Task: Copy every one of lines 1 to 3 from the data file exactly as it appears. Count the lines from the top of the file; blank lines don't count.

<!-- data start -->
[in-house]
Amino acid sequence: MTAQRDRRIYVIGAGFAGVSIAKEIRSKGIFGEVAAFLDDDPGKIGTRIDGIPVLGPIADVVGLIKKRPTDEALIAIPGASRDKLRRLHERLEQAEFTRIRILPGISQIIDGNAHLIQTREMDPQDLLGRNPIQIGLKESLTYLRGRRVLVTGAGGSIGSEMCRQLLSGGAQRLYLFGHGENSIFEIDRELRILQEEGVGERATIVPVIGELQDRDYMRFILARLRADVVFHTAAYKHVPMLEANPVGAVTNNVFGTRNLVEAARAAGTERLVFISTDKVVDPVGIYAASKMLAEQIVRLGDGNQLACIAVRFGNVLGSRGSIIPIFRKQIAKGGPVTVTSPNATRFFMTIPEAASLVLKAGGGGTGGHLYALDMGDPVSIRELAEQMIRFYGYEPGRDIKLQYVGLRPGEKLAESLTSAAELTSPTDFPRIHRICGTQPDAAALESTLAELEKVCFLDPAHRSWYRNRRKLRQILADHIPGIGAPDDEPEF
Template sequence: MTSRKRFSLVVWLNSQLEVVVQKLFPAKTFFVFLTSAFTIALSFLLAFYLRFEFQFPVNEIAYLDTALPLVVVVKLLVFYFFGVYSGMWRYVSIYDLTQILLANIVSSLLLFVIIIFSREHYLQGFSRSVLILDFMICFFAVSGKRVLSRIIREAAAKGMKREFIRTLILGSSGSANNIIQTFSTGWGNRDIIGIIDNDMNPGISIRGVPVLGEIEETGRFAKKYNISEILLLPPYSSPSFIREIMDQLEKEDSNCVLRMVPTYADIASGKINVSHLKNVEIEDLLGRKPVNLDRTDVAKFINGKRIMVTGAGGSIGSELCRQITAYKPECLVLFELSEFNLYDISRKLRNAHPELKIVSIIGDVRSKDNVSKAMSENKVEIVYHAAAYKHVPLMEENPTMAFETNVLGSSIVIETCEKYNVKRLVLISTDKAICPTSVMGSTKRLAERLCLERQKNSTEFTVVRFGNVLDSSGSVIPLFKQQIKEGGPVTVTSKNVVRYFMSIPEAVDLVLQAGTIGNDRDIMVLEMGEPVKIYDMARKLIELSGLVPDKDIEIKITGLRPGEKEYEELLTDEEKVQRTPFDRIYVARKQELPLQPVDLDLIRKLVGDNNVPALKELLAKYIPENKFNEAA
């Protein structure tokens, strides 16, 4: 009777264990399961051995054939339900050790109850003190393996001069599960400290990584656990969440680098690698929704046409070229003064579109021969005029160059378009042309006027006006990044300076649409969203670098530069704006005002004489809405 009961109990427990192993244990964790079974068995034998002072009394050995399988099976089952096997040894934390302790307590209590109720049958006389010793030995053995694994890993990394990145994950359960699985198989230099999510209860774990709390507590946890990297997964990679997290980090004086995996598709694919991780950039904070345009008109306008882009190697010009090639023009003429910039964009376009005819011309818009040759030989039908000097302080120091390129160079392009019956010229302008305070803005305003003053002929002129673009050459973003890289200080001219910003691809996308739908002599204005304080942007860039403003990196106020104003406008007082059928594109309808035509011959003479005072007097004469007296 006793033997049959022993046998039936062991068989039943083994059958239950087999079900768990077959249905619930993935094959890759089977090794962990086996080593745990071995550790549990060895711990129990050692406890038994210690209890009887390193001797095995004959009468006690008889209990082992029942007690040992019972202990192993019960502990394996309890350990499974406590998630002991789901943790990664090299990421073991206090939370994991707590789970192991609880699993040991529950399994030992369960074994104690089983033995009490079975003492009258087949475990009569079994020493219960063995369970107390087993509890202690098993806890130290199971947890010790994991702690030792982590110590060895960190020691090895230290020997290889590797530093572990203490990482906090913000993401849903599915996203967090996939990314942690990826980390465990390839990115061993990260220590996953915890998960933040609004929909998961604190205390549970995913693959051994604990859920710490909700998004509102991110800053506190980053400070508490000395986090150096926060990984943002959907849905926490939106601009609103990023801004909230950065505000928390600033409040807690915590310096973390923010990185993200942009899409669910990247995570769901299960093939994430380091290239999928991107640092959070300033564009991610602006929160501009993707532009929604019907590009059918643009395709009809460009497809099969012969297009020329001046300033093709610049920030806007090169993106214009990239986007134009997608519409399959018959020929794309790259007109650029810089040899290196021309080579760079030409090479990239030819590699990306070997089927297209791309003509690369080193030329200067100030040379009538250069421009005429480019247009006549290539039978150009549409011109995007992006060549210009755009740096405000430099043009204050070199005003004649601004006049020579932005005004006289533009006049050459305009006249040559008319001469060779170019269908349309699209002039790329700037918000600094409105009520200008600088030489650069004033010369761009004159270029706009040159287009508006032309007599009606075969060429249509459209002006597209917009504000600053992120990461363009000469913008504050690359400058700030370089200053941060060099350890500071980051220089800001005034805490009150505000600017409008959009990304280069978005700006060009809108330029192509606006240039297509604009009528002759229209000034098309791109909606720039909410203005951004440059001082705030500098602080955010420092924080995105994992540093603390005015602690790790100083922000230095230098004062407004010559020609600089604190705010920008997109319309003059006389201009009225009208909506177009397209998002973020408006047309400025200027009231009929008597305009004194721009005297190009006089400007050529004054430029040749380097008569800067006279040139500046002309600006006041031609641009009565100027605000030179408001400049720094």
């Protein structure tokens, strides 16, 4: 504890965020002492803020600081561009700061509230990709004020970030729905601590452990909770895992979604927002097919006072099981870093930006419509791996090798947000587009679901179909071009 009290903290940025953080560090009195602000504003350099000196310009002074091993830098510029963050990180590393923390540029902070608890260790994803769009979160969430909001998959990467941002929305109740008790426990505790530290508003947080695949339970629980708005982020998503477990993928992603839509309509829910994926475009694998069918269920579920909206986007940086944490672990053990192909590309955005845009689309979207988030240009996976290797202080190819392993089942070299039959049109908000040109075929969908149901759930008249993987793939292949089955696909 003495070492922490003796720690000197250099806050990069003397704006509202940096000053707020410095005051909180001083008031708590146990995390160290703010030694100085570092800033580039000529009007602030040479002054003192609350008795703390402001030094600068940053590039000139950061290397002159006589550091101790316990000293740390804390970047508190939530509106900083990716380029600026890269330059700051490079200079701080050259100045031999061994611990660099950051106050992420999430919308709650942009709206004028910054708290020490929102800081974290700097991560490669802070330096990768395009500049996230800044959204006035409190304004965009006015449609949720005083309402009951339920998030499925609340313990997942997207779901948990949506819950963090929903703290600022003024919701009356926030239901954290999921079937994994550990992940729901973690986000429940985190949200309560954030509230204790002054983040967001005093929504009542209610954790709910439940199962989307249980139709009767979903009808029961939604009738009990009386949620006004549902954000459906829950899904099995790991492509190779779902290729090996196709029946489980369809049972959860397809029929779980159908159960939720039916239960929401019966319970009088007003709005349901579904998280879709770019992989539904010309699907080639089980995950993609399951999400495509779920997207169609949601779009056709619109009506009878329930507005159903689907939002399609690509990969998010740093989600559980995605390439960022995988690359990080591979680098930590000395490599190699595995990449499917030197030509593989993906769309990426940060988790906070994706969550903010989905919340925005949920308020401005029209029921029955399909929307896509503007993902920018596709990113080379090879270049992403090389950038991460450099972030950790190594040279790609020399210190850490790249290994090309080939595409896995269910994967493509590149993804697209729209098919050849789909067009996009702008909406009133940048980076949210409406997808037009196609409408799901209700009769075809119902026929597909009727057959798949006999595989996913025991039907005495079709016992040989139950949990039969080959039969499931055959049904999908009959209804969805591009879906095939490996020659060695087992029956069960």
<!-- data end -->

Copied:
[in-house]
Amino acid sequence: MTAQRDRRIYVIGAGFAGVSIAKEIRSKGIFGEVAAFLDDDPGKIGTRIDGIPVLGPIADVVGLIKKRPTDEALIAIPGASRDKLRRLHERLEQAEFTRIRILPGISQIIDGNAHLIQTREMDPQDLLGRNPIQIGLKESLTYLRGRRVLVTGAGGSIGSEMCRQLLSGGAQRLYLFGHGENSIFEIDRELRILQEEGVGERATIVPVIGELQDRDYMRFILARLRADVVFHTAAYKHVPMLEANPVGAVTNNVFGTRNLVEAARAAGTERLVFISTDKVVDPVGIYAASKMLAEQIVRLGDGNQLACIAVRFGNVLGSRGSIIPIFRKQIAKGGPVTVTSPNATRFFMTIPEAASLVLKAGGGGTGGHLYALDMGDPVSIRELAEQMIRFYGYEPGRDIKLQYVGLRPGEKLAESLTSAAELTSPTDFPRIHRICGTQPDAAALESTLAELEKVCFLDPAHRSWYRNRRKLRQILADHIPGIGAPDDEPEF
Template sequence: MTSRKRFSLVVWLNSQLEVVVQKLFPAKTFFVFLTSAFTIALSFLLAFYLRFEFQFPVNEIAYLDTALPLVVVVKLLVFYFFGVYSGMWRYVSIYDLTQILLANIVSSLLLFVIIIFSREHYLQGFSRSVLILDFMICFFAVSGKRVLSRIIREAAAKGMKREFIRTLILGSSGSANNIIQTFSTGWGNRDIIGIIDNDMNPGISIRGVPVLGEIEETGRFAKKYNISEILLLPPYSSPSFIREIMDQLEKEDSNCVLRMVPTYADIASGKINVSHLKNVEIEDLLGRKPVNLDRTDVAKFINGKRIMVTGAGGSIGSELCRQITAYKPECLVLFELSEFNLYDISRKLRNAHPELKIVSIIGDVRSKDNVSKAMSENKVEIVYHAAAYKHVPLMEENPTMAFETNVLGSSIVIETCEKYNVKRLVLISTDKAICPTSVMGSTKRLAERLCLERQKNSTEFTVVRFGNVLDSSGSVIPLFKQQIKEGGPVTVTSKNVVRYFMSIPEAVDLVLQAGTIGNDRDIMVLEMGEPVKIYDMARKLIELSGLVPDKDIEIKITGLRPGEKEYEELLTDEEKVQRTPFDRIYVARKQELPLQPVDLDLIRKLVGDNNVPALKELLAKYIPENKFNEAA